Although it's true that most subjects have been written about before, they haven't been written by you. You, your knowledge, interests and experiences are unique to you and you will bring a different edge to those subjects, so don't let the fact that what you want to write about has been written about before. Being a local, you will have your ear to the ground and all the research you need to do is right on your doorstep.

So, your mission for this weekend, should you choose to accept, is to get outside in your locality and see what topics for articles you come up with, Topics you might consider are:

* Is there a park or nature reserve near you that has rare or interesting wildlife or plants?

* Think about seasonal festivals or celebrations.

* Are there any interesting walks, buildings, or places where someone famous once stayed or liked to go?

* Activities for the all ages?

* Landmarks or naturally occurring features that are of interest?

That should keep your keyboards, pens or pencils busy for a while.

Let us know how you get on and whether this exercise has sparked your imagination and resulted in a pitch or, what we all want, a pitch and commission!

Happy writing


Monday, 31 August 2015

New Season, New Start

As it's the last day of August today and it's a Bank Holiday, how about investing some time in looking at your writing career? We are three quarters of the way through the year now (how time flies!) and with the kids going back to school and me back to my day job after the summer break as well as writing, it's a good time to assess where you started at the beginning of the year, where you are now and where you want to get to.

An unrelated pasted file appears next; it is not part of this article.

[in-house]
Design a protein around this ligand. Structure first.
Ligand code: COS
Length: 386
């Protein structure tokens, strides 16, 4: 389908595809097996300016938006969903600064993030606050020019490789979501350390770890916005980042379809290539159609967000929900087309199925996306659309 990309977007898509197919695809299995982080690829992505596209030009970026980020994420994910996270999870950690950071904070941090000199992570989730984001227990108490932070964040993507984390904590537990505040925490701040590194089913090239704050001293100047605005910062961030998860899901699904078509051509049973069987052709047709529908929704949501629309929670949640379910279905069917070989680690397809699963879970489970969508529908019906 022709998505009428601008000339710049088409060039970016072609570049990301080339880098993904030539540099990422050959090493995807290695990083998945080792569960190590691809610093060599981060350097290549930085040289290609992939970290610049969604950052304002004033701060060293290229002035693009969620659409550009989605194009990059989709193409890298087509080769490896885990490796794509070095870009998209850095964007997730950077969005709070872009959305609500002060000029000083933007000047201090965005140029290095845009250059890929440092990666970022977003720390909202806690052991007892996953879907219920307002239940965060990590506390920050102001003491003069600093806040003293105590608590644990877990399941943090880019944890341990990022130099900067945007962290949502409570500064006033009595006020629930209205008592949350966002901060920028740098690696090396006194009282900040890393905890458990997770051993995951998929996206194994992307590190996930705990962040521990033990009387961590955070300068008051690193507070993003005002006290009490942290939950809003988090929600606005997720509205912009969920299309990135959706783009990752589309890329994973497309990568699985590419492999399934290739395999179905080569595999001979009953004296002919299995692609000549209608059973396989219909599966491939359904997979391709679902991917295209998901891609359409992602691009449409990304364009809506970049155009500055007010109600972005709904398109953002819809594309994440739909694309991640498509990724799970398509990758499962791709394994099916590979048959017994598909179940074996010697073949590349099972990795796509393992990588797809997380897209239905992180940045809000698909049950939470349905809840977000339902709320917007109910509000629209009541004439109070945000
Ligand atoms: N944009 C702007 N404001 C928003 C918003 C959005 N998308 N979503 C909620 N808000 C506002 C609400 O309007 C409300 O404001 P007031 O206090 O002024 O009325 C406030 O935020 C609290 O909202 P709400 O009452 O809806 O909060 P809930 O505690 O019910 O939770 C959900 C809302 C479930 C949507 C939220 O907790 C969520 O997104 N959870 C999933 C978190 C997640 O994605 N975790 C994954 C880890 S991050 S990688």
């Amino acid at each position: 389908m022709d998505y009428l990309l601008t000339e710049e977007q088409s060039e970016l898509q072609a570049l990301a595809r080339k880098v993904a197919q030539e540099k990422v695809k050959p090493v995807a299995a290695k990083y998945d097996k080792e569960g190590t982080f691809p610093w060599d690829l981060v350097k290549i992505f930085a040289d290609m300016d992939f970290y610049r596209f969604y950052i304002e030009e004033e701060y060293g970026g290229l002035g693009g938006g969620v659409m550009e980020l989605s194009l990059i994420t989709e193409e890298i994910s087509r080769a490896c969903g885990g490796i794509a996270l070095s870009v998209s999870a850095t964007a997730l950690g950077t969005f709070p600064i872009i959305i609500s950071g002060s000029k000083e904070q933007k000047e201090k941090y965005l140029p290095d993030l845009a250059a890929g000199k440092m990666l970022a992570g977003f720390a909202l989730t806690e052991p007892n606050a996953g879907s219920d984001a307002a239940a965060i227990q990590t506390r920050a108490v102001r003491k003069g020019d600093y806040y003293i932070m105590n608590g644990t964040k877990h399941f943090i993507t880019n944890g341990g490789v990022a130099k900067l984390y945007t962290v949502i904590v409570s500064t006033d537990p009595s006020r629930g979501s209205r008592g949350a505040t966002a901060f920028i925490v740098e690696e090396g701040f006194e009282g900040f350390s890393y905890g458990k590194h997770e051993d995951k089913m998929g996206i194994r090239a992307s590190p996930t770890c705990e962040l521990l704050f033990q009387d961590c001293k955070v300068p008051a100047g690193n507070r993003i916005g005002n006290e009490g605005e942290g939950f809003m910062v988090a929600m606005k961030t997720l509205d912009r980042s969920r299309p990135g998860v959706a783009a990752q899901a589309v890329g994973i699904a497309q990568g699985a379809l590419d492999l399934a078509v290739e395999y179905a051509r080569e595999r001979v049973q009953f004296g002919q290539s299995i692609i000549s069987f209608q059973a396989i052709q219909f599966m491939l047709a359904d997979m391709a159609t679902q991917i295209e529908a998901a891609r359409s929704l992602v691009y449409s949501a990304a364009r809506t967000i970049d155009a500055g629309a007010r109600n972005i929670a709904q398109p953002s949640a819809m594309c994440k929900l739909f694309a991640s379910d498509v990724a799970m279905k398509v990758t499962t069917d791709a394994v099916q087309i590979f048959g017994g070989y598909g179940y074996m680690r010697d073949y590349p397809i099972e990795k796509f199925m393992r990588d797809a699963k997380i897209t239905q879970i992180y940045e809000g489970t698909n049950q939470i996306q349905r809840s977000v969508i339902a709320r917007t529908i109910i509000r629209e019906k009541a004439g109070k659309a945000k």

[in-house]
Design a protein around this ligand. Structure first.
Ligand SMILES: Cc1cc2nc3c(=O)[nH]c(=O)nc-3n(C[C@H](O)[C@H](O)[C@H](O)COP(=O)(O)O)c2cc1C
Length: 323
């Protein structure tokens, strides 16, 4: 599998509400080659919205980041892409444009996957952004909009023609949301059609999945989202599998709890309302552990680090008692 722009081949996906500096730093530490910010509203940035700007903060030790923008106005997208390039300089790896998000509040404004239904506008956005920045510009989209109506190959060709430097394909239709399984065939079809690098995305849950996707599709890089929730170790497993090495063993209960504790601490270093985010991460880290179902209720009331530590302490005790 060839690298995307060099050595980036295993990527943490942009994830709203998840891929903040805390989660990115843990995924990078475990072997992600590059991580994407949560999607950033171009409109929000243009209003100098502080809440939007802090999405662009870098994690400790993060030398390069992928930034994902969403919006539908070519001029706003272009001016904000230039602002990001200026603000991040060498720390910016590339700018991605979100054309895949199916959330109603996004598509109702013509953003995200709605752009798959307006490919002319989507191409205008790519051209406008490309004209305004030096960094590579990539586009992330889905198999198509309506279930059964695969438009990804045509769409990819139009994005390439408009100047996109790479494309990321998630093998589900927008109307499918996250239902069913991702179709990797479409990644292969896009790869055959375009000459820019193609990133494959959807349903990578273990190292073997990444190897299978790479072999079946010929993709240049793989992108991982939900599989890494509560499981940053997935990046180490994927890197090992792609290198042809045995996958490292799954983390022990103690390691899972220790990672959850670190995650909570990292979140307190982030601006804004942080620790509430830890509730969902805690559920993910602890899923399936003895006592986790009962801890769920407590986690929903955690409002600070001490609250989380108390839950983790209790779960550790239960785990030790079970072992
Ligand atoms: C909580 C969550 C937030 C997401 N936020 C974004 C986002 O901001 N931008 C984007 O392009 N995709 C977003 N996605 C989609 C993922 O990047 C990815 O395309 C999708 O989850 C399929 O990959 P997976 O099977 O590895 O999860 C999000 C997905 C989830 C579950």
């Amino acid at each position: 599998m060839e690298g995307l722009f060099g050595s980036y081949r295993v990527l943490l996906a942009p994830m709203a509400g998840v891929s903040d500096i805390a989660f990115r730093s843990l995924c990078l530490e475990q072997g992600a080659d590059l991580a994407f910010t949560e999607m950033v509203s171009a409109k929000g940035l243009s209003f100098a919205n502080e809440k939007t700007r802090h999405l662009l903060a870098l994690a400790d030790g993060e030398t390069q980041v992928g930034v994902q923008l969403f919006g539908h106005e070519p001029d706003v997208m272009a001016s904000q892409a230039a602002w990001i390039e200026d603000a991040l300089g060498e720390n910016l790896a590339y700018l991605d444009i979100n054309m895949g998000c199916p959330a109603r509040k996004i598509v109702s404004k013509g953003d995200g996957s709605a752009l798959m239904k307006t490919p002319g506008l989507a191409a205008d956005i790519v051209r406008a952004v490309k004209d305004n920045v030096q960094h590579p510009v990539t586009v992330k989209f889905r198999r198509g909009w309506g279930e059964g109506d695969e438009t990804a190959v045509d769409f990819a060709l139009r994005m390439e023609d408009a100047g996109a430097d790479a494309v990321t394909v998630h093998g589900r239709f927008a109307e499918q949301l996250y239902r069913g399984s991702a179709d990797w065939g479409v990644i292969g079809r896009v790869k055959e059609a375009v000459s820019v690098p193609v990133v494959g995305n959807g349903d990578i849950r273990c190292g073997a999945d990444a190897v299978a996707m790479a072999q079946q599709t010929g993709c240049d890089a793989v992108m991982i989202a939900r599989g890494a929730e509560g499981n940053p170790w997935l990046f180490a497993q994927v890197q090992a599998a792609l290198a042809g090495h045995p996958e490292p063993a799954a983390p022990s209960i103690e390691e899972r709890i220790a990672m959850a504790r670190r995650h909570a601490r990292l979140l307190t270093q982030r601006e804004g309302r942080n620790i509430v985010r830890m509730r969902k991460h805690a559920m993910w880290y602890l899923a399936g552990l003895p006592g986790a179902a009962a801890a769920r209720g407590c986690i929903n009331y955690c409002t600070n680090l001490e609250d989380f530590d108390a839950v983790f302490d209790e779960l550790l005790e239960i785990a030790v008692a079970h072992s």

It gets very busy for me this time of the year, especially with the run up to Christmas, so it's important that I plan my time and writing projects effectively. I started off well in the middle of last year by gaining three contracts for a publisher on a non-fiction project and another a few weeks ago. I I am coming to the end of the three book project now, ready to start the next one and so I know where I am going next, but it can be disconcerting as you finish one project with uncertainty about what you might be doing next. Plan, plan plan and get yourself a next project! You're only as good as your last book or article, so it's important to take stock and then keep moving forward.